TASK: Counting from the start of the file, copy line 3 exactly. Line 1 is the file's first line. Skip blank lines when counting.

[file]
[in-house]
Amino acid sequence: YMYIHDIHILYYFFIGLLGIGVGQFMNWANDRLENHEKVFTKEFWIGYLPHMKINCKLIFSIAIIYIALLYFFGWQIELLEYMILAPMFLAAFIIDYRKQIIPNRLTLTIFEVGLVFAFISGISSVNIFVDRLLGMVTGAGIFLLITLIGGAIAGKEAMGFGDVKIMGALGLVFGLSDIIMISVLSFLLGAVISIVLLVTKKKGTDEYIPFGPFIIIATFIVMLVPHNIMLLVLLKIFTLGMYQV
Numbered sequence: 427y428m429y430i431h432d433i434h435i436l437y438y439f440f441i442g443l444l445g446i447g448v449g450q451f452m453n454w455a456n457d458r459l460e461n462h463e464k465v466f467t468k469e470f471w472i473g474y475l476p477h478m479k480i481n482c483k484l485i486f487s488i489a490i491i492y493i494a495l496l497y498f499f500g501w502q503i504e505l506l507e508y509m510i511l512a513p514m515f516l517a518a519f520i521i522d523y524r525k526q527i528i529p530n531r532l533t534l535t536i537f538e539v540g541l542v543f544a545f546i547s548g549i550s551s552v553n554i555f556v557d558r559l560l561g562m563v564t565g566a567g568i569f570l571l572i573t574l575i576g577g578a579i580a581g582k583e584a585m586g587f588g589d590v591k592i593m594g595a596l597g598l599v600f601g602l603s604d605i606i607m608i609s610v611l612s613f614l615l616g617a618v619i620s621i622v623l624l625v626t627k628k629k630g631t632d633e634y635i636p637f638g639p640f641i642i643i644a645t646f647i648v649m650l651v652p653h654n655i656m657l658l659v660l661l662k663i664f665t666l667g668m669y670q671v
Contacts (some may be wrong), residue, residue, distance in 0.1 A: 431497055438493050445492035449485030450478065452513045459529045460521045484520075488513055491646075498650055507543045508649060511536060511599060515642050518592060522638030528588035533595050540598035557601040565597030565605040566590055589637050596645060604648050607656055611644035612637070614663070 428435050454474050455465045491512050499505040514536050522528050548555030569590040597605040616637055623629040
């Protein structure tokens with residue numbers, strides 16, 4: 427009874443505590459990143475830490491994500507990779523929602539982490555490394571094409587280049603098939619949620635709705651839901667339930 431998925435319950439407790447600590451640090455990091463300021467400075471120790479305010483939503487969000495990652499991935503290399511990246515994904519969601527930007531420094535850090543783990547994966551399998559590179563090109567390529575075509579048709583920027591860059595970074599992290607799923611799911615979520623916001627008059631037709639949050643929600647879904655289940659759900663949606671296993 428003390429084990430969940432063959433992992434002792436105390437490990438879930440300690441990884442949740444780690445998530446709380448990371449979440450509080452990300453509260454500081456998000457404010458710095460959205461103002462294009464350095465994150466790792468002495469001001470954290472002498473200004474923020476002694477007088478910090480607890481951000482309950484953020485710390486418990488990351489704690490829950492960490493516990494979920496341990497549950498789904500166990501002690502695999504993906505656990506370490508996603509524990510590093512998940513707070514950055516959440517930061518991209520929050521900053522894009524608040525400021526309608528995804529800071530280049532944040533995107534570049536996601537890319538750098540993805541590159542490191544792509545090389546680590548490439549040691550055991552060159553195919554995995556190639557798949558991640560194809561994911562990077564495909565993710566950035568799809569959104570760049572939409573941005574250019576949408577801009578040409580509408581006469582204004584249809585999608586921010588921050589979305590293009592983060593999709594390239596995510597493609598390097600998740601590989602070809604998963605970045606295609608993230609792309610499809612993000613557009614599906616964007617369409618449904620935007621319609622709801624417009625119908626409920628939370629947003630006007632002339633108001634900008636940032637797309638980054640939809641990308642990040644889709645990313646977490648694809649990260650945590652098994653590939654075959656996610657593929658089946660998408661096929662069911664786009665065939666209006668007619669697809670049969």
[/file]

Numbered sequence: 427y428m429y430i431h432d433i434h435i436l437y438y439f440f441i442g443l444l445g446i447g448v449g450q451f452m453n454w455a456n457d458r459l460e461n462h463e464k465v466f467t468k469e470f471w472i473g474y475l476p477h478m479k480i481n482c483k484l485i486f487s488i489a490i491i492y493i494a495l496l497y498f499f500g501w502q503i504e505l506l507e508y509m510i511l512a513p514m515f516l517a518a519f520i521i522d523y524r525k526q527i528i529p530n531r532l533t534l535t536i537f538e539v540g541l542v543f544a545f546i547s548g549i550s551s552v553n554i555f556v557d558r559l560l561g562m563v564t565g566a567g568i569f570l571l572i573t574l575i576g577g578a579i580a581g582k583e584a585m586g587f588g589d590v591k592i593m594g595a596l597g598l599v600f601g602l603s604d605i606i607m608i609s610v611l612s613f614l615l616g617a618v619i620s621i622v623l624l625v626t627k628k629k630g631t632d633e634y635i636p637f638g639p640f641i642i643i644a645t646f647i648v649m650l651v652p653h654n655i656m657l658l659v660l661l662k663i664f665t666l667g668m669y670q671v